"Kee" Points with Jim Kee, Ph.D.

Last week’s Wall Street Journal Economic Forecasting Survey indicated that economists expect a fairly strong rebound (to +3.47% second quarter) from the first quarter’s negative GDP growth rate, with the economy growing at a 3% annualized rate by year-end. Much of the panelists’ optimism comes from expectations that wage growth will rise and that job growth will be the strongest since 2005 (WSJ; La Jolla Economics). That’s consistent with most private sector or proprietary forecasts that I see, but you have to keep in mind that the Wall Street Journal Economic Forecasting Survey has been overly optimistic since the Great Recession. So has the Federal Reserve and its economists…the Fed has been forced to revise its forecasts downward every single year for the past six years (Cornerstone Macro).

The Consumer Price Index (CPI) showed some signs of life last week, with May’s +.4% reading (2.1% over the past 12 months) the strongest thus far this year. The Fed target’s “core” CPI, which excludes the more volatile food and energy components, and the core came in right at 2% for the past 12 months. That’s good news, as the Fed has been targeting a 2% core rate of inflation for several years with little success (it keeps dipping back below 2%!). And keep in mind that the Fed has stated that it would consider raising rates if the core moved consistently about 2.5%, not 2%. As for interest rates, the 10-year Treasury yield is expected to end the year just below 3.2%, which is up from current 2.62% levels.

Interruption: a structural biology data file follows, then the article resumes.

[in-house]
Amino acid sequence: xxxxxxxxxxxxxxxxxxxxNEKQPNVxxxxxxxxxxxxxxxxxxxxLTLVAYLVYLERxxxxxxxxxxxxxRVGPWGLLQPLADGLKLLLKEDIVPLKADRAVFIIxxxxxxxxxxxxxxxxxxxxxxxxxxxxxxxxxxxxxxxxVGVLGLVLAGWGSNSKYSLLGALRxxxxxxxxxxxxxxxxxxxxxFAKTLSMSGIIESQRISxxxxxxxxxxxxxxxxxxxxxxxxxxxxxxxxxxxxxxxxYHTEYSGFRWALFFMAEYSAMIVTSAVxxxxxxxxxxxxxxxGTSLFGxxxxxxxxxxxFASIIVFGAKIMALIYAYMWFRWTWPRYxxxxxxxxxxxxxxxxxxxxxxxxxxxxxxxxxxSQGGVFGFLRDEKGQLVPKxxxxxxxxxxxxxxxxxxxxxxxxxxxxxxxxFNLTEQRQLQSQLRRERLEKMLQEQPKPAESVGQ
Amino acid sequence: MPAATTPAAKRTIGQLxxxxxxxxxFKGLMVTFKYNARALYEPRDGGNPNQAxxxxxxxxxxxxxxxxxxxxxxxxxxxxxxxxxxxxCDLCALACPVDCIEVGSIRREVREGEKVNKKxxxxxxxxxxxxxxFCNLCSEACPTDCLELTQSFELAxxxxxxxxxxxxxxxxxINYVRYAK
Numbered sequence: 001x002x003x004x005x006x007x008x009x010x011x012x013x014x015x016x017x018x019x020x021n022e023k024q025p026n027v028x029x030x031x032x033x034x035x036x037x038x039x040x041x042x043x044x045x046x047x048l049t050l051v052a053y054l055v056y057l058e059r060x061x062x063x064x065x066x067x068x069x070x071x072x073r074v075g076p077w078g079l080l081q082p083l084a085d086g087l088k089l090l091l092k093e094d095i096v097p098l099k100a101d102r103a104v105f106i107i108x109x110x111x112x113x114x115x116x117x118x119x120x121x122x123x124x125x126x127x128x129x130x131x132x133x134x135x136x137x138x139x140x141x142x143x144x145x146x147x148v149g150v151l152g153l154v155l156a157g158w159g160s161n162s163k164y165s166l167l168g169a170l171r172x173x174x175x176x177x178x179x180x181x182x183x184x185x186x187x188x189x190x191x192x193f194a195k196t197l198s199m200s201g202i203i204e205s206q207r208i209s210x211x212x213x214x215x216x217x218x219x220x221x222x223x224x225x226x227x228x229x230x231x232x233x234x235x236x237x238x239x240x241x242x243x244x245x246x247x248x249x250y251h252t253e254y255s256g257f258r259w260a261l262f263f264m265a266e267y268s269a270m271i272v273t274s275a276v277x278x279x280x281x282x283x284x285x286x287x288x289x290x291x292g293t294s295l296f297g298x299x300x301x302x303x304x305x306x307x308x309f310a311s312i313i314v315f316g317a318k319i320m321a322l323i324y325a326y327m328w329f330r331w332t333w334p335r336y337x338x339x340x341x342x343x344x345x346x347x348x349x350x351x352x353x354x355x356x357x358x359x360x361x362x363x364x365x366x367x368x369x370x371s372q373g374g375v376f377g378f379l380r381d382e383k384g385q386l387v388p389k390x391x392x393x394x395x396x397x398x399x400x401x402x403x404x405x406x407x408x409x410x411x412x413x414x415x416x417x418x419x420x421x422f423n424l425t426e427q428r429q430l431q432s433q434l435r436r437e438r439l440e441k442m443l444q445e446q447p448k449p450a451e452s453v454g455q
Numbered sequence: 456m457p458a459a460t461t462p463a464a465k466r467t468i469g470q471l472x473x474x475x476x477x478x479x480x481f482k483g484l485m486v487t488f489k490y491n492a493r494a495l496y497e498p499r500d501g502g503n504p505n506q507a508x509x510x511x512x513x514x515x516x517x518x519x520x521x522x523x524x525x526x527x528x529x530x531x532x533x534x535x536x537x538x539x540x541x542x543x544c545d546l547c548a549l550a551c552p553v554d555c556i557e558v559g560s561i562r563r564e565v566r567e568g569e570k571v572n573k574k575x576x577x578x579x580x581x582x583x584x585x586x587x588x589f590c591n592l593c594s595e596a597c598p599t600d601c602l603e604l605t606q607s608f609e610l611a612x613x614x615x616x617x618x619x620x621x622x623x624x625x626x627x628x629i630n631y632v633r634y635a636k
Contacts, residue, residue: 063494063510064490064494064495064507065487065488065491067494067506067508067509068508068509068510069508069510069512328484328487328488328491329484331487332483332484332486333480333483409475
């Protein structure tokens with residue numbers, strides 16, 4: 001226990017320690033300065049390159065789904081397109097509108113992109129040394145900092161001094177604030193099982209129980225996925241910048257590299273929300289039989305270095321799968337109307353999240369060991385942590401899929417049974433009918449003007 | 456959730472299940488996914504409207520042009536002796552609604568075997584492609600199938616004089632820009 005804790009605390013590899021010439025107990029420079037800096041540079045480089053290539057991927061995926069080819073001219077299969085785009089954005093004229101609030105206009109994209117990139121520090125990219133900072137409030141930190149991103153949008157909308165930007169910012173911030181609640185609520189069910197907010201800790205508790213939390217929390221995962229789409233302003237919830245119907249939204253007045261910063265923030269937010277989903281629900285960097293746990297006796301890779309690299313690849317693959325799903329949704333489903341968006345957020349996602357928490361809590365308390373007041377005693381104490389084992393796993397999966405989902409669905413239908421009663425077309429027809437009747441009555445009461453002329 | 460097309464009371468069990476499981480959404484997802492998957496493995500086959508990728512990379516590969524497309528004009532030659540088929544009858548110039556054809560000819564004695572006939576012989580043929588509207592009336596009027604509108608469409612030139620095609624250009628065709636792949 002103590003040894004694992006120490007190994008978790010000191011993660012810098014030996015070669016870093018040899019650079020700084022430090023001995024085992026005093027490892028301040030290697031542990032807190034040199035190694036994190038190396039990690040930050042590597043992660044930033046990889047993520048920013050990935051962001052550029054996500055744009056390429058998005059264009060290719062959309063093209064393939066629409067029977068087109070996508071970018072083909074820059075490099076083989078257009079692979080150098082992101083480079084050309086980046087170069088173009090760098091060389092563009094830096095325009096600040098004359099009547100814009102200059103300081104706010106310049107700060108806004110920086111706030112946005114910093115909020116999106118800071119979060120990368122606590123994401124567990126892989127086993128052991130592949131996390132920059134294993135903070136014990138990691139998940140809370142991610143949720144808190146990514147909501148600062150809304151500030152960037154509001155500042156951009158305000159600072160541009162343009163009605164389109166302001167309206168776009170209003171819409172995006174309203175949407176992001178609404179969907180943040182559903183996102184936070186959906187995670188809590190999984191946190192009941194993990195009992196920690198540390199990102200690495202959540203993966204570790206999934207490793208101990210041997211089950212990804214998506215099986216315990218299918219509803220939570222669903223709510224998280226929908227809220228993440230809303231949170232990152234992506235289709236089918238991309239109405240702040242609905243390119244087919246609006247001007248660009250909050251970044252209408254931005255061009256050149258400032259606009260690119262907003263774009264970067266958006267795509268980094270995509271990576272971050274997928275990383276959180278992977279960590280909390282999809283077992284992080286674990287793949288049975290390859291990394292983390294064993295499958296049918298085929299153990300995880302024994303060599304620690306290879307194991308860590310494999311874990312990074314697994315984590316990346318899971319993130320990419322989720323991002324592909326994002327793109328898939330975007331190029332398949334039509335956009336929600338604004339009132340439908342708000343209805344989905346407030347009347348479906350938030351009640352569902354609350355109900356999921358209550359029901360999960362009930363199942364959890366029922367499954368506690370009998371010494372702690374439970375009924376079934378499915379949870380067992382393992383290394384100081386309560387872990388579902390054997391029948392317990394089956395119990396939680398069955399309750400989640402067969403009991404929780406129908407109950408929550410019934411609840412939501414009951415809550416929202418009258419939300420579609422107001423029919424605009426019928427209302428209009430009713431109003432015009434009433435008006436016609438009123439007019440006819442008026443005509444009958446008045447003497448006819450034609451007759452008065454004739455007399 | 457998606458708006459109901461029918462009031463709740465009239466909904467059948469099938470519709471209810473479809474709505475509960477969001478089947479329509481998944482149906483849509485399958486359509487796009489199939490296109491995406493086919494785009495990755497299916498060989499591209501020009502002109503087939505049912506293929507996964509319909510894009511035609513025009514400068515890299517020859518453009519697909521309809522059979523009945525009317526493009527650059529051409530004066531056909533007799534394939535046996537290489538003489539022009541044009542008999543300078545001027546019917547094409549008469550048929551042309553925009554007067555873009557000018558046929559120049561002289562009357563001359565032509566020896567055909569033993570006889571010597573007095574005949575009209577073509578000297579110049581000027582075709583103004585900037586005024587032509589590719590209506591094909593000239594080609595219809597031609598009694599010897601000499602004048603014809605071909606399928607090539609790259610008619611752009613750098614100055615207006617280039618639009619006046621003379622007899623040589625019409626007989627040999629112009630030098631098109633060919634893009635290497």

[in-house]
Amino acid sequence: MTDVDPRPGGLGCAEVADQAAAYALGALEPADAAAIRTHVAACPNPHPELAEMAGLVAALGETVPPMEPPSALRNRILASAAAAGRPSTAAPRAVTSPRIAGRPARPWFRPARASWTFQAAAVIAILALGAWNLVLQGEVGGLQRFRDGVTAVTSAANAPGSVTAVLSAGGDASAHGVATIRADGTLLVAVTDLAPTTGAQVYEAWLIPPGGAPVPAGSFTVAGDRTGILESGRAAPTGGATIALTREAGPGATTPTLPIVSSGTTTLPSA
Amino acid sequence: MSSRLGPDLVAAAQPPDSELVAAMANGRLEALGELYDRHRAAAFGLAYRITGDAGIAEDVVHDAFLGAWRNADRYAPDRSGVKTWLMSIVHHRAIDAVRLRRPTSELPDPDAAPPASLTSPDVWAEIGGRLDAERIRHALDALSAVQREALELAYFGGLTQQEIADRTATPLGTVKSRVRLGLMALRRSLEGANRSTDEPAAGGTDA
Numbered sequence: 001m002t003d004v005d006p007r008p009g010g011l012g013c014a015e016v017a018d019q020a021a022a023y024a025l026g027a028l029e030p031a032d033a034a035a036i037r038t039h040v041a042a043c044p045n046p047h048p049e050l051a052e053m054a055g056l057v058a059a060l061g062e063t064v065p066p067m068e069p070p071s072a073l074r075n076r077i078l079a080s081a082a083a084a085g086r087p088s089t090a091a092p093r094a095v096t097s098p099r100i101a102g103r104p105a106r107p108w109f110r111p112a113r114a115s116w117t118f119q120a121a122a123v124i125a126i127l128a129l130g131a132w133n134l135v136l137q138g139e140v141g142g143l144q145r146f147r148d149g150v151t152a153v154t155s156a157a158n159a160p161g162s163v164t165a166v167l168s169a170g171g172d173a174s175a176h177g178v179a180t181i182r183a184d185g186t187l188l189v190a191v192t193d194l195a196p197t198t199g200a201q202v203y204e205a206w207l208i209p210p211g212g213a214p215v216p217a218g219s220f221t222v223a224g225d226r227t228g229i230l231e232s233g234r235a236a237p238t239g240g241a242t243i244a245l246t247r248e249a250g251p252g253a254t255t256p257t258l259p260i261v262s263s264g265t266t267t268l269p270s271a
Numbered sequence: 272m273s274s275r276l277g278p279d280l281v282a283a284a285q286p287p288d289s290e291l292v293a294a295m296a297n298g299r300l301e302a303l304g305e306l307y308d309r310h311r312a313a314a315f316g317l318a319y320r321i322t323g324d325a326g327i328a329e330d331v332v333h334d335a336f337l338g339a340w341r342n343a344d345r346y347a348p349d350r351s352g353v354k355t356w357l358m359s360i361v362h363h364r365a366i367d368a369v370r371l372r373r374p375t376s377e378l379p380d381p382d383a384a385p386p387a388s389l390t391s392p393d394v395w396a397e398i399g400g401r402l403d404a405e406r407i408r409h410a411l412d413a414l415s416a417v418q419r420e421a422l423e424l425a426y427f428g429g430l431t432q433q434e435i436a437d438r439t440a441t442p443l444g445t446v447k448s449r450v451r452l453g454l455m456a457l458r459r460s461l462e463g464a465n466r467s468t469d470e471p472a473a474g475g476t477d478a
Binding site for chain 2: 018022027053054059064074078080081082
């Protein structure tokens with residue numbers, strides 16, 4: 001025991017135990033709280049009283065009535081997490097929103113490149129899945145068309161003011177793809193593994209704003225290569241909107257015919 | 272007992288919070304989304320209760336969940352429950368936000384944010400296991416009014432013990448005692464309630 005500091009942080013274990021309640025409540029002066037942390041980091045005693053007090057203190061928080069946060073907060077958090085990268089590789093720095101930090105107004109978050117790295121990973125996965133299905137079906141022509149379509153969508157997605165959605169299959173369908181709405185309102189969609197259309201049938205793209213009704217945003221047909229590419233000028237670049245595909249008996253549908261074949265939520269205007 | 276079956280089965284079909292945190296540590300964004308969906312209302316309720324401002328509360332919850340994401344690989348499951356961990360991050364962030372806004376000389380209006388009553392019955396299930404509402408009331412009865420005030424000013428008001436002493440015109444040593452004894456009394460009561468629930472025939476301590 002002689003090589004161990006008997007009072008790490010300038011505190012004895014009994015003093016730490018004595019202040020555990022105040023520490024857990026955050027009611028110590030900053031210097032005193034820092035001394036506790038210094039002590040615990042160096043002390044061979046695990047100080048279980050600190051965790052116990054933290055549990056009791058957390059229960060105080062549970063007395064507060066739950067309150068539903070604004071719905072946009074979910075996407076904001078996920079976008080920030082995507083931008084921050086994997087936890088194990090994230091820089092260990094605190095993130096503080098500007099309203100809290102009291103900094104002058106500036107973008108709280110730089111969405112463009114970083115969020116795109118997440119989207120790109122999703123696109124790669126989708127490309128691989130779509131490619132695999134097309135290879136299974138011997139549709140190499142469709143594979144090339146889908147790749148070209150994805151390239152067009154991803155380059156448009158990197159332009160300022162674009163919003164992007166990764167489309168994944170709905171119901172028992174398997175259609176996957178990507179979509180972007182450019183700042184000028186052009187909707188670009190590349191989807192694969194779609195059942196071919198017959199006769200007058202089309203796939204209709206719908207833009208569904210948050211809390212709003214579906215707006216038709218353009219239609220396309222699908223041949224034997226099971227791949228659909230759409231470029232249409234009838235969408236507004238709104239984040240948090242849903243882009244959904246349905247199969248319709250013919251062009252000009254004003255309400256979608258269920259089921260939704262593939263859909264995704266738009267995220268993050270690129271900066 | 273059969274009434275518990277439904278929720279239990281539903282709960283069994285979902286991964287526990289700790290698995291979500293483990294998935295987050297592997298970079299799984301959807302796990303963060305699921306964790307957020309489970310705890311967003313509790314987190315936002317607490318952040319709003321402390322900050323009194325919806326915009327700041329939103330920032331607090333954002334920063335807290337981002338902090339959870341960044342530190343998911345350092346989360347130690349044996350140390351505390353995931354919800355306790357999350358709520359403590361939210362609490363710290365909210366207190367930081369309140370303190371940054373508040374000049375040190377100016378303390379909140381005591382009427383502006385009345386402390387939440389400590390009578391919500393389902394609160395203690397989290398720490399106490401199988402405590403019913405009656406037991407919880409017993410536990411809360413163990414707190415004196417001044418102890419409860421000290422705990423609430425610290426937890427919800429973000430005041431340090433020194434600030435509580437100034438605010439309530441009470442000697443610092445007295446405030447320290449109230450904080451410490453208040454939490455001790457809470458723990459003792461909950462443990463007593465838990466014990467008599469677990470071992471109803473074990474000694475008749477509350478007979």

On inflation, the press continues to headline any uptick in CPI as a pending inflation threat, and any downtick as a deflation threat, but it is usually neither; just the normal variability inherent in any system. I know this is a little redundant for Kee Points readers, but what you don’t want to see is several years of highly accommodative monetary policy and yet inflation still declining (disinflation) with the risk of outright deflation. That would tell that you that something is seriously wrong or broken. And Janet Yellen, Ben Bernanke before her, the Federal Reserve Bank presidents and economists…none of them need to be reminded of the dangers of inflation, or how countries have been ruined by inflation. The notion that Federal Reserve officers have a flippant view of inflation stretches credulity.

And what about oil? I mentioned last week that it would take $150 oil to derail the global economy (it is currently at $113). A recent Morgan Stanley report indicates that a $10 per barrel sustained increase in oil prices will lower US GDP growth by .4 percentage point with a lag time of about 12 months. The key (I mentioned this last week) is whether the oil price increase is transitory or permanent. The Morgan Stanley report asserts that $150 oil would lead to zero/negative growth in the US, which is exactly what Daniel Ahn had concluded at our energy conference. However, the Morgan Stanley research found that a transitory oil price spike (lasting one quarter) would have almost no impact.